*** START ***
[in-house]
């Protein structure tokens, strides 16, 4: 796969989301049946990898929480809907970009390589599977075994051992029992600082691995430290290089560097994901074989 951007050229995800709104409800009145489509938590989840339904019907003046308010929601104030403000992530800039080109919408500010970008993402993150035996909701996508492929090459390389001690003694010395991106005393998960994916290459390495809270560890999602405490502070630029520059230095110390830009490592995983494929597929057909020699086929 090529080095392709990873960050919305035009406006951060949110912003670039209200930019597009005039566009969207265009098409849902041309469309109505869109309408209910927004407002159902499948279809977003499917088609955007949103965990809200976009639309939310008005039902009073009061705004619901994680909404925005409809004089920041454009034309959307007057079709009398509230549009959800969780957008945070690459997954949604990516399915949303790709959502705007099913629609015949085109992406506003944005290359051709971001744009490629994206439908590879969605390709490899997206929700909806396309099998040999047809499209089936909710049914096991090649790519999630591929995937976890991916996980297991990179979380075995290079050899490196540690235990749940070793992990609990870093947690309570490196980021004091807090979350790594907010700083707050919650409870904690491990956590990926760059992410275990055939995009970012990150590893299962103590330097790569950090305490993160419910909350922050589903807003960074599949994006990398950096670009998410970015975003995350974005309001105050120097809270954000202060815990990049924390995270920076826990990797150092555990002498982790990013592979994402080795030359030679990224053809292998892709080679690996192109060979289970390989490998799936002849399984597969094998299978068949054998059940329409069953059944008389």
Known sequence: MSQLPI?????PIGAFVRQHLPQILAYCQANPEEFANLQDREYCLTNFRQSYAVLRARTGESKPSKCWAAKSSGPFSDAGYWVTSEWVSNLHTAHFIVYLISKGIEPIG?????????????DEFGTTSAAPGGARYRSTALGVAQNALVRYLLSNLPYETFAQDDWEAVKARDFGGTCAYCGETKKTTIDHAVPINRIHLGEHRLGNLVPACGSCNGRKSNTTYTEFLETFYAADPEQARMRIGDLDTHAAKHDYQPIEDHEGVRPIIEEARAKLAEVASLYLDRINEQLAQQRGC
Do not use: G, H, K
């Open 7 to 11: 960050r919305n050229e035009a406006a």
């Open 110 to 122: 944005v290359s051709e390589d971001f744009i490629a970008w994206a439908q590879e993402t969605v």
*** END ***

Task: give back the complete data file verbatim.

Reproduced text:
[in-house]
């Protein structure tokens, strides 16, 4: 796969989301049946990898929480809907970009390589599977075994051992029992600082691995430290290089560097994901074989 951007050229995800709104409800009145489509938590989840339904019907003046308010929601104030403000992530800039080109919408500010970008993402993150035996909701996508492929090459390389001690003694010395991106005393998960994916290459390495809270560890999602405490502070630029520059230095110390830009490592995983494929597929057909020699086929 090529080095392709990873960050919305035009406006951060949110912003670039209200930019597009005039566009969207265009098409849902041309469309109505869109309408209910927004407002159902499948279809977003499917088609955007949103965990809200976009639309939310008005039902009073009061705004619901994680909404925005409809004089920041454009034309959307007057079709009398509230549009959800969780957008945070690459997954949604990516399915949303790709959502705007099913629609015949085109992406506003944005290359051709971001744009490629994206439908590879969605390709490899997206929700909806396309099998040999047809499209089936909710049914096991090649790519999630591929995937976890991916996980297991990179979380075995290079050899490196540690235990749940070793992990609990870093947690309570490196980021004091807090979350790594907010700083707050919650409870904690491990956590990926760059992410275990055939995009970012990150590893299962103590330097790569950090305490993160419910909350922050589903807003960074599949994006990398950096670009998410970015975003995350974005309001105050120097809270954000202060815990990049924390995270920076826990990797150092555990002498982790990013592979994402080795030359030679990224053809292998892709080679690996192109060979289970390989490998799936002849399984597969094998299978068949054998059940329409069953059944008389």
Known sequence: MSQLPI?????PIGAFVRQHLPQILAYCQANPEEFANLQDREYCLTNFRQSYAVLRARTGESKPSKCWAAKSSGPFSDAGYWVTSEWVSNLHTAHFIVYLISKGIEPIG?????????????DEFGTTSAAPGGARYRSTALGVAQNALVRYLLSNLPYETFAQDDWEAVKARDFGGTCAYCGETKKTTIDHAVPINRIHLGEHRLGNLVPACGSCNGRKSNTTYTEFLETFYAADPEQARMRIGDLDTHAAKHDYQPIEDHEGVRPIIEEARAKLAEVASLYLDRINEQLAQQRGC
Do not use: G, H, K
């Open 7 to 11: 960050r919305n050229e035009a406006a």
């Open 110 to 122: 944005v290359s051709e390589d971001f744009i490629a970008w994206a439908q590879e993402t969605v």